Gabler shows us the young Walt Disney breaking free of a heartland childhood of discipline and deprivation and making his way to Hollywood. We see the visionary, whose desire for escape honed an innate sense of what people wanted to see on the screen and, when combined with iron determination and obsessive perfectionism, led him to the reinvention of animation. It was Disney, first with Mickey Mouse and then with his feature films - most notably Snow White, Pinocchio, Fantasia, Dumbo, and Bambi - who transformed animation from a novelty based on movement to an art form that presented an illusion of life.
The author also reveals a wounded, lonely, and often disappointed man, who, despite worldwide success, was plagued with financial problems, suffered a nervous breakdown, and at times retreated into pitiable seclusion in his workshop, making model trains. Gabler explores accusations that Disney was a red-baiter, an anti-Semite, and an embittered alcoholic. Yet whatever his personal failings, Disney appealed to millions by demonstrating the power of wish fulfillment and the triumph of the American imagination.
©2006 Neal Gabler; (P)2006 Books on Tape
"Thorough...[and] engrossing." (Publishers Weekly)
"A balanced treatment of the man and his achievements, realistically assessing Disney's considerable impact and offering insight into the hidden, restless soul who constantly challenged himself." (Booklist)
"We've all been waiting for the perfect book on Walt Disney; it has finally arrived and Neal Gabler's done it. Wonderful!" (Ray Bradbury)
Great narrative about a creative focused visionary
I was already a Walt Disney fan but to hear his story from youth to legend was very interesting.
I enjoyed hearing all the stories I have heard about the early days of Disney (plus some others) put together in a coherent whole.
That it's real.
It makes me truly glad that I never met Walt Disney himself to let him ruin my appreciation for his work.
There is a tremendous amount of pop psychology in this book. There's nothing that Walt Disney ever did that Gabler can't come up with some dark psychological reason for, as opposed to just letting the reader/listener figure out motivations for themselves. Sometimes we just need to accept that people do things because it seems like the right thing at the time.
This was a VERY long book about Disney's life and the everlasting impact he made on his family, the public, USA society, USA politics and the entire world. There is lot of historical information and some side info I could have done without but all in all I am grateful to Disney for the change he brought to our world and that I got to listen to some of his life's events! I'm also glad I finally finished the book! lol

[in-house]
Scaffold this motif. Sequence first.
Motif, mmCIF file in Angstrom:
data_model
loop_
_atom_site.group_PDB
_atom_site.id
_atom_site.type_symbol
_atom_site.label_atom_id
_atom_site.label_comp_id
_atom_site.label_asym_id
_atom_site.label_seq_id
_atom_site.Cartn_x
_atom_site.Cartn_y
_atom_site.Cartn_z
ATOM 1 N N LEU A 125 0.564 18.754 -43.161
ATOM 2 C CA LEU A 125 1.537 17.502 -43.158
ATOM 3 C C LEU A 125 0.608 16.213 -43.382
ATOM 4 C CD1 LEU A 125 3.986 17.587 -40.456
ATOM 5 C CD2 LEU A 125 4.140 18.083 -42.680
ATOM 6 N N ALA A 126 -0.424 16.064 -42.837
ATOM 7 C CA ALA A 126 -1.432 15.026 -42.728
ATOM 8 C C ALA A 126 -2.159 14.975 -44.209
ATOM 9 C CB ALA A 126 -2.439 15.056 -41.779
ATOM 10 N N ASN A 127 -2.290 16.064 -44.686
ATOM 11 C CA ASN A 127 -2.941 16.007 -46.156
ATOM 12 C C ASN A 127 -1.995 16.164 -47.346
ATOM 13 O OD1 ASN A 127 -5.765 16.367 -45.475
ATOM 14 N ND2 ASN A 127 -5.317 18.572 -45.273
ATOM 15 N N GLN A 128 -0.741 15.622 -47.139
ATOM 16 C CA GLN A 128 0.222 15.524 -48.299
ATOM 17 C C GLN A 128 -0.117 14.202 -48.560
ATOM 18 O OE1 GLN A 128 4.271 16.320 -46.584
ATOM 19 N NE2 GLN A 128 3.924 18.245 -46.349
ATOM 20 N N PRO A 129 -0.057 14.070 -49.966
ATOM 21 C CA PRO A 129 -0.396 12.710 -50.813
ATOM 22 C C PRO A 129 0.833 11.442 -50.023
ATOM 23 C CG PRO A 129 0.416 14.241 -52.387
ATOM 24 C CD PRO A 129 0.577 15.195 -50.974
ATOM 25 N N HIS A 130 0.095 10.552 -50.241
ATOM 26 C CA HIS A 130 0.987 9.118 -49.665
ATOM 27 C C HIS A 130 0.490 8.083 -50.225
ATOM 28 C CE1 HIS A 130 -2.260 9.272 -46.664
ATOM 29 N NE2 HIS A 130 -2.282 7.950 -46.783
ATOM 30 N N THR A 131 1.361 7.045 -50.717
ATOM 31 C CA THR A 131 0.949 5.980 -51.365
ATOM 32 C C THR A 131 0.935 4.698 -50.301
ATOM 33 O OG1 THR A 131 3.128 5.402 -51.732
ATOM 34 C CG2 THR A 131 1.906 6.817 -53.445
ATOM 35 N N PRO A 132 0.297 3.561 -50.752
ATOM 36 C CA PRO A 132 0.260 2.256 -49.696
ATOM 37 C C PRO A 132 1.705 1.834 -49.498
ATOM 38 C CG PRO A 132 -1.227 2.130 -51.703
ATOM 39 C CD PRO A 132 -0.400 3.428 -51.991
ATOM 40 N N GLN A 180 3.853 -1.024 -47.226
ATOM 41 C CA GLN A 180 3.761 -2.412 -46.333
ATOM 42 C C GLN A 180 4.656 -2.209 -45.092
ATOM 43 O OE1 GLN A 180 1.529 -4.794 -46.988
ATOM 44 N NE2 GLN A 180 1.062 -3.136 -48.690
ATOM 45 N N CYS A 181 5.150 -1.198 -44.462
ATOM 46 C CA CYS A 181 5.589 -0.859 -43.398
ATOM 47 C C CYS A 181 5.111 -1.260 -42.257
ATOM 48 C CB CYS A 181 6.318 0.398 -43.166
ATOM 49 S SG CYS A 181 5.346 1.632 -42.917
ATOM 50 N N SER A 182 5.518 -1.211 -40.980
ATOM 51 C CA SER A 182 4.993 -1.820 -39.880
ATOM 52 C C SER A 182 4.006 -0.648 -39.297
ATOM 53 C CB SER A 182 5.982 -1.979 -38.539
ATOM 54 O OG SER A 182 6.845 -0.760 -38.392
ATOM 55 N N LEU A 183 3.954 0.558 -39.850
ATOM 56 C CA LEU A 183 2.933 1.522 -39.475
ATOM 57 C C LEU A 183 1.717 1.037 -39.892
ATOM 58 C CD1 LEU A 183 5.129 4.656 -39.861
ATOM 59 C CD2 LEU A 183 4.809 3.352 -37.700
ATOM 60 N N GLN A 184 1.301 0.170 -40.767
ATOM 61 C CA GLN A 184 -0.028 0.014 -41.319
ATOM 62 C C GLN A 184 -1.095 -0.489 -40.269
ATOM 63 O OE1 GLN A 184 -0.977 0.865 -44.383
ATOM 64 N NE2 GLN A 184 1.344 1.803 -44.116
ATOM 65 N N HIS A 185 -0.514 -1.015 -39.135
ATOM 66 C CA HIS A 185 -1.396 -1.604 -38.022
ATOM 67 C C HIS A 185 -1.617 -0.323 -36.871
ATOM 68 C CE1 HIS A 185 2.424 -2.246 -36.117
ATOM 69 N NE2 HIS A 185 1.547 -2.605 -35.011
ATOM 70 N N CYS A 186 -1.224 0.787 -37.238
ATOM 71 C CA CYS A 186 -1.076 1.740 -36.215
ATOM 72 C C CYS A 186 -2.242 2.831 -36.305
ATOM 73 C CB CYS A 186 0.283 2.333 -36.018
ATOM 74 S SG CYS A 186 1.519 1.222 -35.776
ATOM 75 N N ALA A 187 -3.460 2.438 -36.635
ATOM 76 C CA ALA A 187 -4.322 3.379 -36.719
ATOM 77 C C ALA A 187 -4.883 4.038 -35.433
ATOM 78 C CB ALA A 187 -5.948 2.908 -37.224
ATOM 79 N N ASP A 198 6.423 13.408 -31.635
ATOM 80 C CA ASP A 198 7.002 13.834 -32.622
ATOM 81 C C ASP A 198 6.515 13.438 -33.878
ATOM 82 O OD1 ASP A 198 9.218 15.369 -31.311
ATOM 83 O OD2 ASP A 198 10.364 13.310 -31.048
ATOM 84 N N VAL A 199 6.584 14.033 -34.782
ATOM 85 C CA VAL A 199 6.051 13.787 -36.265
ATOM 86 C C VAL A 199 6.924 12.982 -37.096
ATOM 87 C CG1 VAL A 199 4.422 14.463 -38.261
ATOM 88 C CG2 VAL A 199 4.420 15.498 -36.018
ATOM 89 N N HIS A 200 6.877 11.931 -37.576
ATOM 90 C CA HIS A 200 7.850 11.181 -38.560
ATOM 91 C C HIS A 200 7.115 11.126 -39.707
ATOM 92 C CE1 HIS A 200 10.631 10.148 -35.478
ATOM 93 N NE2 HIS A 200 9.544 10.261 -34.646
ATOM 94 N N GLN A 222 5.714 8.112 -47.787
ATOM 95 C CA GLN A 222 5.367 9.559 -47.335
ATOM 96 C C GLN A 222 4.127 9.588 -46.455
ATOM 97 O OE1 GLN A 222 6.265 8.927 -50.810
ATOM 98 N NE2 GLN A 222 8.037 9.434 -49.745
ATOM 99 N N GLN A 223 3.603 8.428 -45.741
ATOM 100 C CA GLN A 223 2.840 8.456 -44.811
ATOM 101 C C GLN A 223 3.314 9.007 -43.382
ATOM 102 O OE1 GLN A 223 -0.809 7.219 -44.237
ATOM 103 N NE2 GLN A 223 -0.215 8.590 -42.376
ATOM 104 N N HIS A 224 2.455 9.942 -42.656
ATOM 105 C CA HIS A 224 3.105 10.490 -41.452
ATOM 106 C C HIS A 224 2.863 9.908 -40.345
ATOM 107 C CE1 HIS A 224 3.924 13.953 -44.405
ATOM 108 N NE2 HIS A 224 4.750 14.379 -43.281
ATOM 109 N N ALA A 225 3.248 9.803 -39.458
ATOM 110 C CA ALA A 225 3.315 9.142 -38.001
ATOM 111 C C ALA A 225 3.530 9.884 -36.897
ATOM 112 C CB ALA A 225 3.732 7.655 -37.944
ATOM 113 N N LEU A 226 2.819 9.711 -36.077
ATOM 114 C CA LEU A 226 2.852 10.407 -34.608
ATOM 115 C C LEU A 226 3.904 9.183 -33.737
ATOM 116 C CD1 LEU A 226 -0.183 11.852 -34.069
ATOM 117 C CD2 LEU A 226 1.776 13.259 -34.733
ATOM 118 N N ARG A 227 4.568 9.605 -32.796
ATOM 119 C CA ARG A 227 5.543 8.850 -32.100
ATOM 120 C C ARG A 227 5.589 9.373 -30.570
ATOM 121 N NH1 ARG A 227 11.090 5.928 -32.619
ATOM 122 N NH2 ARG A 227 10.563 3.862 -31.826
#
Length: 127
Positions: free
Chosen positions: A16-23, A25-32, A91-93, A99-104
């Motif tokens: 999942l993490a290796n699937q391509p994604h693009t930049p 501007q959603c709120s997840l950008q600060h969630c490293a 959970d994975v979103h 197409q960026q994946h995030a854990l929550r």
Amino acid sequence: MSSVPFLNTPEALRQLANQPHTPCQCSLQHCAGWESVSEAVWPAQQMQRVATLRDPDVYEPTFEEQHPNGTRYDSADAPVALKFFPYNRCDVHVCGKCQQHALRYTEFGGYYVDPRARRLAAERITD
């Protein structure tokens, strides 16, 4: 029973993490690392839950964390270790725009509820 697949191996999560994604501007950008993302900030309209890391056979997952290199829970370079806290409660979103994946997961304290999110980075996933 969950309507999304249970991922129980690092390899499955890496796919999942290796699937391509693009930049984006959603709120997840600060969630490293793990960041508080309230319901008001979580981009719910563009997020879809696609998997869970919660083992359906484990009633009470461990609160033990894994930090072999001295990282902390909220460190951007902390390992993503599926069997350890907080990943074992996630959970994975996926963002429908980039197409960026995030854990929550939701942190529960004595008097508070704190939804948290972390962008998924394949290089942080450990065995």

If you are a Disney fan, this is a must read. I grew up going to Disney World and was amazed at the level of detail that went into the operation. Years later, I dropped out of college as an entrepreneur major and went to Disney World to learn how one man could bring so many ideas to fruition. A decision that truly taught me so much more than I could have ever learned on a college campus. I always admired Walt for his entrepreneurial spirit. Despite experiencing Disney Traditions, Disney University and working as a cast member for many years, I learned many things I did not know about this man and all of his accomplishments. For someone who thought they knew all there was to know... I really learned a lot.
Not just biographies or non-fiction, Gabler has crafted one of the finest books I've ever read. The narrative flows so smoothly, and the author's writing voice allows you to feel so many events and experiences from not just Walt's perspective but from so many others. The research Gabler did (and the access given to Disney archived correspondence) uncovered stories that would have otherwise been lost to time. Much like Walt himself, Gabler did not get lazy nor did he make it seem forced.
The performance was equally fantastic. He gave me the feel of a tale of a man from a small, Midwestern town of a bygone era -or perhaps an era that only existed in the wonderful world of Walt Disney. His voice was soothing, yet it had a fitting tone to inflections. The most praiseworthy aspect of the performance goes to his ability to read footnote citations in a way that I was excited to hear them (even if I would never look them up). He served the writer and the reader by letting us experience the book without taking anything away. I will miss those footnotes almost as much as I will miss the stories of Walt's complete life, a life that -decades after his death- remains a work on the Carousel of Progress.
The book was interesting to learn more about Walt Disney, since his public figure was different from what he was like as he ran his studio. However, the book got very detailed at parts, e.g distribution contract negotiation, which could have been summarized or shortened.
The reader did a good job and I likely would not have finished the book if I had not listened to the book.
I really enjoyed learning more about Disney. I appreciate the work the author put into the story and research, and I understand why some complain that the book contains too much of the author's opinions and psychoanalysis. Still, I found the work fantastic, and I plan to listen again.
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